Analyzing How Communication of POV Reveals Belief Systems


by Melissa Godinez, 10th grade English teacher

It was a very important week for MYP English 2 literary scholars at Clemente. While other students across the city are preparing for winter break, Sophomore Wildcats were drafting their English 2 unit final. Over the past seven weeks, students have been reading Harper Lee’s inspiring novel, To Kill a Mockingbird. Students’ purpose for reading was based on the idea that belief systems are revealed through the communication of our point of view, particularly our core beliefs about race, class, and gender roles. As students read, they examined each character’s personality traits, experiences that impacted their identity, and how they communicated their belief systems. Through their analysis, it was discovered that characters reveal their belief systems in two ways: verbal and nonverbal communication.

The first character students analyzed was Calpurnia. As an African-American living in the Jim Crow era in Alabama, how did she reveal her belief systems and was it effective? Our budding literary scholars engaged in purposeful, intense conversations that focused on these questions. After lots of debate and examination of evidence, some of our scholars pointed out that we cannot call her communication effective until we truly know her core belief. What does she truly believe about people? They dug deep into the root of Calpurnia’s belief system about class by examining only one short passage from the novel. While this was a challenge at first, they understood why analyzing shorted passages would ultimately prepare them for future close reads in AP and IB DP assessments and college papers.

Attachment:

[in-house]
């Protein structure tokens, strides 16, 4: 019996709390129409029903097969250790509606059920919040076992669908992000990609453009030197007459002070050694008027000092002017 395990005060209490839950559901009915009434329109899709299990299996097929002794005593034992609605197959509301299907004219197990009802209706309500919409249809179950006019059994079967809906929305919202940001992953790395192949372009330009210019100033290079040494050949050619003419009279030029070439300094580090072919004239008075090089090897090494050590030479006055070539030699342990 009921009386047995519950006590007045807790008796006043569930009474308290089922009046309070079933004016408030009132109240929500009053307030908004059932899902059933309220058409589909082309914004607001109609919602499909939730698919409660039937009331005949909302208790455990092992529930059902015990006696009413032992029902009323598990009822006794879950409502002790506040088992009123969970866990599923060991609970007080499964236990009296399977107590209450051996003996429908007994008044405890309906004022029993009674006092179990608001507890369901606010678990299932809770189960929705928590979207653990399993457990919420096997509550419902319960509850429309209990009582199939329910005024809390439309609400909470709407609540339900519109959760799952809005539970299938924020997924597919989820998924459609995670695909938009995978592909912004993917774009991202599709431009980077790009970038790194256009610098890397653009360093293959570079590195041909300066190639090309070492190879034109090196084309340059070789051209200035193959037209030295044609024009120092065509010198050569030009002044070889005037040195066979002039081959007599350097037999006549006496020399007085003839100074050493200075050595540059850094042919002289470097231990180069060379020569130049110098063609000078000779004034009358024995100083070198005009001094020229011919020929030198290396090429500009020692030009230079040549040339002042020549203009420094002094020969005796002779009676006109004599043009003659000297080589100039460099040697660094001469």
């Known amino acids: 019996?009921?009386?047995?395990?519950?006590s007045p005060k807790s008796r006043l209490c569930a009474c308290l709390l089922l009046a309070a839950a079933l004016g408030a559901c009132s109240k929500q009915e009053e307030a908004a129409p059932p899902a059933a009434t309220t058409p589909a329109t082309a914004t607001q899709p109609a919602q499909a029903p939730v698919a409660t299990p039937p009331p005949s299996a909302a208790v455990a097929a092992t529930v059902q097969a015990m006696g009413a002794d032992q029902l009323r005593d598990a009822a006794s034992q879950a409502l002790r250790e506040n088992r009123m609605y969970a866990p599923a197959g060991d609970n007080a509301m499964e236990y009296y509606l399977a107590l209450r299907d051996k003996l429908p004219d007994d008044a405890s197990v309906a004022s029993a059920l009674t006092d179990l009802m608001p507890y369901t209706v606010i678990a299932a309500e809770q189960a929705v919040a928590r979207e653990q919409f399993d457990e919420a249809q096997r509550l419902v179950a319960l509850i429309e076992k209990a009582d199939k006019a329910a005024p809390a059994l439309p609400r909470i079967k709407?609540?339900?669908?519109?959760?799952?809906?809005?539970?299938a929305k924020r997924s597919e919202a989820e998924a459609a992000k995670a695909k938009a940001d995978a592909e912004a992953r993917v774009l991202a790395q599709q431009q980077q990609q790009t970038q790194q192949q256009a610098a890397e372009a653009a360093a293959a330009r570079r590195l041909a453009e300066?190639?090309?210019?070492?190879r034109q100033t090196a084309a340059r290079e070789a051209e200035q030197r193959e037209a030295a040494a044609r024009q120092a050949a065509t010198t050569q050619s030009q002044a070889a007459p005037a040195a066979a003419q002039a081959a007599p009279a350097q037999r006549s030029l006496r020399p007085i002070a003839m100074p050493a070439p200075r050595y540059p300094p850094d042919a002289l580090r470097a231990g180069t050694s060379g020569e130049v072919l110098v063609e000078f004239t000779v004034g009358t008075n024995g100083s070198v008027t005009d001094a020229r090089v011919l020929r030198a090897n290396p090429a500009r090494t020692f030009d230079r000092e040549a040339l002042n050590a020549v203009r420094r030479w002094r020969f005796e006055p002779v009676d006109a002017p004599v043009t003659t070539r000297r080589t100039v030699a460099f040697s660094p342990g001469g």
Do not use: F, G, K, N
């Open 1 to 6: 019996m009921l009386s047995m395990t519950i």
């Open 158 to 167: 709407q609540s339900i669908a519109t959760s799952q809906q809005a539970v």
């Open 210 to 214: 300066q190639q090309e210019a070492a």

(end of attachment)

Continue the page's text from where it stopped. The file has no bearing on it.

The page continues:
With this purpose in mind, our scholars set out to find one character that they felt most effectively revealed their core beliefs about race, class, and gender roles and revisited the novel for 1-2 page passages to analyze. Now, they are ready to dig into the text to complete their response to literature before going on break! So this week, when most students have visions of sugar plums dancing in the their head, Clemente scholars have textual evidence, belief systems, and To Kill a Mockingbird dancing in theirs!

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